The true story of a banana boat, pressed into service in Morocco during World War II, and the heroic ventures of the men on board.
Thousands of books have been published about World War II, and the flood has not ended. Perhaps it never will. Amid so many twice-told tales, St. Paul author Tim Brady has found a relatively fresh angle.
Brady, who writes frequently for the History Channel Magazine, focuses on a few weeks in late 1942, as the United States and its allies decide to defeat the German troops in North Africa, part of a strategy to defeat the Nazis in Europe, too. More specifically, the campaign chosen by Brady as the centerpiece of his saga involves a dangerous journey on the River Sebou in Morocco. The Allied commanders needed to find a ship that could navigate the extremely shallow waters of the Sebou, while loaded with airplane fuel and bombs.
The ship they found operated primarily as a banana carrier and was owned by a private corporation before the war. As Brady tells the story of how the ship ended up in a war zone, he focuses not so much on the battle but on the preparation of the vessel for war. The heroes are numerous, but perhaps the first among equals in Brady's telling is Rene Malevergne, a French Moroccan intimately familiar with navigating the difficult River Sebou. In a tale with many twists and intrigues, Malevergne is spirited out of Morocco by the Allied forces, recruited for the mission, and eventually lauded for his heroism.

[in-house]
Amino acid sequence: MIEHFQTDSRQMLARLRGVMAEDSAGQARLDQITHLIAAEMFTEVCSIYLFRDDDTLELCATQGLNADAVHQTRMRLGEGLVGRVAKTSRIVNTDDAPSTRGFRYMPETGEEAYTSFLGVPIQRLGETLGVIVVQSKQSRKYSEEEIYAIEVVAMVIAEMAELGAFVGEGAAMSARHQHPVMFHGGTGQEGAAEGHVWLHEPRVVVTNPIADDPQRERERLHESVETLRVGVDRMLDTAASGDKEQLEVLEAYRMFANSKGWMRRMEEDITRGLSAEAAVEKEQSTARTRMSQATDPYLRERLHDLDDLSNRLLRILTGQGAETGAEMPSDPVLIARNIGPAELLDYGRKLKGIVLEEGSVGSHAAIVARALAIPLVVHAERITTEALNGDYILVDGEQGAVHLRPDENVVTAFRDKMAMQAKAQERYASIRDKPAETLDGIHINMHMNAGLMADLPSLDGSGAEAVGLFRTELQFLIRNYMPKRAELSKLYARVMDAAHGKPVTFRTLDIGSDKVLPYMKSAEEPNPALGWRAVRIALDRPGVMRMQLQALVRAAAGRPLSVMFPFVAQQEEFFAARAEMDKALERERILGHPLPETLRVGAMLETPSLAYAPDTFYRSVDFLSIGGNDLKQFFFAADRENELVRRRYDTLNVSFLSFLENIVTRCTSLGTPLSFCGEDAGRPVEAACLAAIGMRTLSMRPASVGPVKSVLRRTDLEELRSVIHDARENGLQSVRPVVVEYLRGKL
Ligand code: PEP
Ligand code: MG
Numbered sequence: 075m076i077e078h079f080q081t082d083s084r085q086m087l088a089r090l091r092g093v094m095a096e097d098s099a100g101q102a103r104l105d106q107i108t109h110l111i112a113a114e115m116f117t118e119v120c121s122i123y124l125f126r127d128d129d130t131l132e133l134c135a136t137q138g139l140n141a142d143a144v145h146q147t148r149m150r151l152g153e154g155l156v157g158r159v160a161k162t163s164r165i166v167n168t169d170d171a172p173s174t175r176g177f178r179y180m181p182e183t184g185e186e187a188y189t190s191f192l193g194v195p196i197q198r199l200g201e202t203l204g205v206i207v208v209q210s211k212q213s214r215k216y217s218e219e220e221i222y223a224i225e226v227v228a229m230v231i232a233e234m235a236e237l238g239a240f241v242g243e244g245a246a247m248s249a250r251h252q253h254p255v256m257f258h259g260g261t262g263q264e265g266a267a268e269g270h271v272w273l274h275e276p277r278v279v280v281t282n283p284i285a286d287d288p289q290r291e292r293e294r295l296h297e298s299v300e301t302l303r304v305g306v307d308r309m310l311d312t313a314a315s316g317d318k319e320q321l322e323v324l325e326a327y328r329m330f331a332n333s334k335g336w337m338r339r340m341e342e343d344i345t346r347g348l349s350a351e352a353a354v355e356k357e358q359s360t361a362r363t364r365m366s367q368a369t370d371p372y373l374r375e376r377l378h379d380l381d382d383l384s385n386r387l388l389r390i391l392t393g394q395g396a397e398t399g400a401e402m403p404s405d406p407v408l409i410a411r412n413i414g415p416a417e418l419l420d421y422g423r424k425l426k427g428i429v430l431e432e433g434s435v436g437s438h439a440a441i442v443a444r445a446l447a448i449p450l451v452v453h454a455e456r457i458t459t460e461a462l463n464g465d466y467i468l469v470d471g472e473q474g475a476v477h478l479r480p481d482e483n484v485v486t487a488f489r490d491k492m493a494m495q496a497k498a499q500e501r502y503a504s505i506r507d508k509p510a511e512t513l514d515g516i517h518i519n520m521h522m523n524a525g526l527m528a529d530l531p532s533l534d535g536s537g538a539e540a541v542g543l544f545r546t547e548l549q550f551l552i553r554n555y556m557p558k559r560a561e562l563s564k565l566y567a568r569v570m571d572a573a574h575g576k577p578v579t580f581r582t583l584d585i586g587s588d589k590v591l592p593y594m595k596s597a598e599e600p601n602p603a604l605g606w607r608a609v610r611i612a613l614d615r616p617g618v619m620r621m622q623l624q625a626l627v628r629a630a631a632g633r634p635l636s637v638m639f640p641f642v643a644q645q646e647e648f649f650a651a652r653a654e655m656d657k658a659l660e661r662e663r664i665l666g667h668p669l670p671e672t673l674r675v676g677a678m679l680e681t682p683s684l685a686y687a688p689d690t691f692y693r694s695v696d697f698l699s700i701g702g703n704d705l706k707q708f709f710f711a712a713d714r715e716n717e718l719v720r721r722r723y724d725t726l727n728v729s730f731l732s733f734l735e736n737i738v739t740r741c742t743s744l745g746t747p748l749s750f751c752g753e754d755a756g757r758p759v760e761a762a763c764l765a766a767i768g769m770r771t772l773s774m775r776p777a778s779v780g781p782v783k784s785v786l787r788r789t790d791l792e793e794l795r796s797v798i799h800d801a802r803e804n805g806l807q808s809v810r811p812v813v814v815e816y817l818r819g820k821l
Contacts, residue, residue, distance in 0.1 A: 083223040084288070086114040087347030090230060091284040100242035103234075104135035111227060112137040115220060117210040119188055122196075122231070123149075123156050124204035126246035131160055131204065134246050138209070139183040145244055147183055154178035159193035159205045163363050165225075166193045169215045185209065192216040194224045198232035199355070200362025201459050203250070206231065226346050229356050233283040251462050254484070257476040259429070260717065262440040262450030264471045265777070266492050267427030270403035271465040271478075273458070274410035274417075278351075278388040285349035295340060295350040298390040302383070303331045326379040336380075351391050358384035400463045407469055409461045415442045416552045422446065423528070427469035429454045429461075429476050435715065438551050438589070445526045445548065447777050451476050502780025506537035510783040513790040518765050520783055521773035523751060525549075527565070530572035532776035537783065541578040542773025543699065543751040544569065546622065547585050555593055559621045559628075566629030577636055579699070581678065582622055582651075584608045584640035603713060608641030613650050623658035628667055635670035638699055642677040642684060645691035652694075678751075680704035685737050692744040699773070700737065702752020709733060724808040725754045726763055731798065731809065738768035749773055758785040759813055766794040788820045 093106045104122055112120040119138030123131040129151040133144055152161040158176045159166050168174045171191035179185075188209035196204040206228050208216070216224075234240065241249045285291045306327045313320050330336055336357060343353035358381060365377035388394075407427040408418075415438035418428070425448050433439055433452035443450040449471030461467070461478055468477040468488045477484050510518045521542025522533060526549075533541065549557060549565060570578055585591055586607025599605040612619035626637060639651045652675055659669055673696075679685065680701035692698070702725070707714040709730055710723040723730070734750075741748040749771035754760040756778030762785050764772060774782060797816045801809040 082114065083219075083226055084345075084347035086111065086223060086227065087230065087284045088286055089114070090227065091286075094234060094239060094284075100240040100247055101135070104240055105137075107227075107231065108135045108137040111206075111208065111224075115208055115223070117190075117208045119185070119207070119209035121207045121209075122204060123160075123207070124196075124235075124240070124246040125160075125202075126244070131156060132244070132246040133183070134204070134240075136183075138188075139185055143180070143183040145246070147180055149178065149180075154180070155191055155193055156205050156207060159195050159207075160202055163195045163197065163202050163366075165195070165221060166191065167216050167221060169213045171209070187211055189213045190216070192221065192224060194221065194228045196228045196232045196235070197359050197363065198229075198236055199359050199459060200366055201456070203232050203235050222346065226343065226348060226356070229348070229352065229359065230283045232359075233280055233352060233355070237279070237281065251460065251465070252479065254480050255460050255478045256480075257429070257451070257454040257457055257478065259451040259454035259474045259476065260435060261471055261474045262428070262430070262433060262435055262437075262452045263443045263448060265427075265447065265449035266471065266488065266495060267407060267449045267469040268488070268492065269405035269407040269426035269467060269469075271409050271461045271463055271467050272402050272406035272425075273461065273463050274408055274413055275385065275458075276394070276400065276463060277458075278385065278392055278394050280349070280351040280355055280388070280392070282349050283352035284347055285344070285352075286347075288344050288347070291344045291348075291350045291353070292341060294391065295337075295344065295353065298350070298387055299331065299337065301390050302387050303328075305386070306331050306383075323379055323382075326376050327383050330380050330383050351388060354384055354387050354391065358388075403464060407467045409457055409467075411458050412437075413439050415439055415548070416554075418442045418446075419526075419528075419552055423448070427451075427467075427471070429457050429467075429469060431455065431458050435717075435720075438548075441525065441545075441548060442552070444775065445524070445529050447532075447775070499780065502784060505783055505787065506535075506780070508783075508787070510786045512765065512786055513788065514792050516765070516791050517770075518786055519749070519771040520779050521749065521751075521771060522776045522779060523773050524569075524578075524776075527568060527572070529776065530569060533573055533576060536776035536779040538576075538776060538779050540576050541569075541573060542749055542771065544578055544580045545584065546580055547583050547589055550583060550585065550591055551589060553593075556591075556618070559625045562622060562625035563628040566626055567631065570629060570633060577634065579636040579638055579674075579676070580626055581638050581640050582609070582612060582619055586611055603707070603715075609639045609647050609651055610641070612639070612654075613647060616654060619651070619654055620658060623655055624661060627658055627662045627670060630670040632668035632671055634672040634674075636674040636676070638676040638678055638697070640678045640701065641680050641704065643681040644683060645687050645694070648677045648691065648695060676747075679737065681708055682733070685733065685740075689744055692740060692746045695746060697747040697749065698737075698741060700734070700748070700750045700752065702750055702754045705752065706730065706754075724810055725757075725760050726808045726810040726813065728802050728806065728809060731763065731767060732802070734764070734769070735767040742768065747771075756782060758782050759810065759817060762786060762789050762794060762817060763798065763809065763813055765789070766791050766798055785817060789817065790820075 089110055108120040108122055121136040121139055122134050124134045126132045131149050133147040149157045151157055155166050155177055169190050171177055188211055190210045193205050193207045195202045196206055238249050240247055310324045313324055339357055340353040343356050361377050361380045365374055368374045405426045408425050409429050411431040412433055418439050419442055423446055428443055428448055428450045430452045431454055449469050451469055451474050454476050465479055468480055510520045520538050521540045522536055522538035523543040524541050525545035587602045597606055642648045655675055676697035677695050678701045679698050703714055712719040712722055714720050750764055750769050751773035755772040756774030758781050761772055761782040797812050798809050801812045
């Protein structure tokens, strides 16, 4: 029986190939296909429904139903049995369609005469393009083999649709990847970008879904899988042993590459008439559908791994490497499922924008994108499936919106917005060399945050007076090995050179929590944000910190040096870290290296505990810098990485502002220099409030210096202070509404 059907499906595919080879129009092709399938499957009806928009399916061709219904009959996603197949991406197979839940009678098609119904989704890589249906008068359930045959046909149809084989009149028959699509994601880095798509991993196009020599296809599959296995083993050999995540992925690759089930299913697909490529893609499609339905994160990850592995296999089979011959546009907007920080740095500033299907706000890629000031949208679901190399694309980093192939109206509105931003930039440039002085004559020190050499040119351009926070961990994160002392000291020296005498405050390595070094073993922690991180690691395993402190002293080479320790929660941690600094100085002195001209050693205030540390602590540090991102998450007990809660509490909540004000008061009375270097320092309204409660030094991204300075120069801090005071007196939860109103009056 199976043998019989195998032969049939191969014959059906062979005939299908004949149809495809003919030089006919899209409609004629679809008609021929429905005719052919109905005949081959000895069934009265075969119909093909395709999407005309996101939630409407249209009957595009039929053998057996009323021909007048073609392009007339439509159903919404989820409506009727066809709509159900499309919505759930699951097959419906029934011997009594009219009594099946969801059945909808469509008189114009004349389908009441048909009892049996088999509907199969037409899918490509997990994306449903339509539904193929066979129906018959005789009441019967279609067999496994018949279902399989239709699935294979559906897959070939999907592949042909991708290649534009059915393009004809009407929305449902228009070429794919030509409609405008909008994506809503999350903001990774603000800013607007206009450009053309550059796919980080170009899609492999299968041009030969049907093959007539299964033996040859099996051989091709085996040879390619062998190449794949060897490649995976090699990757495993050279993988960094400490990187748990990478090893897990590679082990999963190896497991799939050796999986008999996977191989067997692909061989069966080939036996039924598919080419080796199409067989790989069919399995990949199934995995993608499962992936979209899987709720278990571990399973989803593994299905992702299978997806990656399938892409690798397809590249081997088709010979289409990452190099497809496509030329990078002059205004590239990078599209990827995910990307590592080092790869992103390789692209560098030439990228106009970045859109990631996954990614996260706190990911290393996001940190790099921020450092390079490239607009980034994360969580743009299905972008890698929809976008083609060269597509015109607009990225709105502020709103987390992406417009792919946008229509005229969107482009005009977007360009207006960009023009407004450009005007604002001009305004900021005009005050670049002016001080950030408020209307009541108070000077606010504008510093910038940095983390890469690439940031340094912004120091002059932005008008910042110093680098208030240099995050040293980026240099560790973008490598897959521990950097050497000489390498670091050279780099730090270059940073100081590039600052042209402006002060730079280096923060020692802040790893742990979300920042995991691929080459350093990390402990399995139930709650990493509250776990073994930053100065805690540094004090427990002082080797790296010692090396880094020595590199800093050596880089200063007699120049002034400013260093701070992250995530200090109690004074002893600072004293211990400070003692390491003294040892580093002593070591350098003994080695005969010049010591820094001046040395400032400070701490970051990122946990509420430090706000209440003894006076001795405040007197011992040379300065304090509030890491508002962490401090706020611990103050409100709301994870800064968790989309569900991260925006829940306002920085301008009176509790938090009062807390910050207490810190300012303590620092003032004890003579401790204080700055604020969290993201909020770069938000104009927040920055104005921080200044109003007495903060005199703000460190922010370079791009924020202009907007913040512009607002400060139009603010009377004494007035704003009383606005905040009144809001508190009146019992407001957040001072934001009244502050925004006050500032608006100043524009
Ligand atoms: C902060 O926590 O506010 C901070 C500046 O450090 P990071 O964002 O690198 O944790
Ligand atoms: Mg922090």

Brady writes clearly, showing he knows how to craft a true-to-life war narrative.